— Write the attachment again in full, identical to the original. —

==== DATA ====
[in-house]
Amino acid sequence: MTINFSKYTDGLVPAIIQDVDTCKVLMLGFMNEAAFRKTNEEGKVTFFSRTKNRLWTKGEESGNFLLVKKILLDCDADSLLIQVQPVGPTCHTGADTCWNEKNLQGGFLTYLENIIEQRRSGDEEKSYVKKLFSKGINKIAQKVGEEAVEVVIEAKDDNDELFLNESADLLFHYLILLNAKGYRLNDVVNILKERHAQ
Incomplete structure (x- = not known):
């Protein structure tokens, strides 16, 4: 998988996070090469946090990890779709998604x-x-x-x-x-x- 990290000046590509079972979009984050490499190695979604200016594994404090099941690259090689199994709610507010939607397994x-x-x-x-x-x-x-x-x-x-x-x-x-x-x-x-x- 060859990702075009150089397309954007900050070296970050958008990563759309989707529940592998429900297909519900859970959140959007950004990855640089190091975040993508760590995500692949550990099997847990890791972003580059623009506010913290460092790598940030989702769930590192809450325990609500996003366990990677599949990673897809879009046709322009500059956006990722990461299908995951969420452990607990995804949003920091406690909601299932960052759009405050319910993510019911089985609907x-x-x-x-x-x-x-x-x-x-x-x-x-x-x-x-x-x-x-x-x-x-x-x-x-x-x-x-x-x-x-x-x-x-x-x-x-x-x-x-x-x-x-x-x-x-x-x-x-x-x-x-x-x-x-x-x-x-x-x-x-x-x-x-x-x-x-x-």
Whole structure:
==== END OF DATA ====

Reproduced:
[in-house]
Amino acid sequence: MTINFSKYTDGLVPAIIQDVDTCKVLMLGFMNEAAFRKTNEEGKVTFFSRTKNRLWTKGEESGNFLLVKKILLDCDADSLLIQVQPVGPTCHTGADTCWNEKNLQGGFLTYLENIIEQRRSGDEEKSYVKKLFSKGINKIAQKVGEEAVEVVIEAKDDNDELFLNESADLLFHYLILLNAKGYRLNDVVNILKERHAQ
Incomplete structure (x- = not known):
């Protein structure tokens, strides 16, 4: 998988996070090469946090990890779709998604x-x-x-x-x-x- 990290000046590509079972979009984050490499190695979604200016594994404090099941690259090689199994709610507010939607397994x-x-x-x-x-x-x-x-x-x-x-x-x-x-x-x-x- 060859990702075009150089397309954007900050070296970050958008990563759309989707529940592998429900297909519900859970959140959007950004990855640089190091975040993508760590995500692949550990099997847990890791972003580059623009506010913290460092790598940030989702769930590192809450325990609500996003366990990677599949990673897809879009046709322009500059956006990722990461299908995951969420452990607990995804949003920091406690909601299932960052759009405050319910993510019911089985609907x-x-x-x-x-x-x-x-x-x-x-x-x-x-x-x-x-x-x-x-x-x-x-x-x-x-x-x-x-x-x-x-x-x-x-x-x-x-x-x-x-x-x-x-x-x-x-x-x-x-x-x-x-x-x-x-x-x-x-x-x-x-x-x-x-x-x-x-």
Whole structure: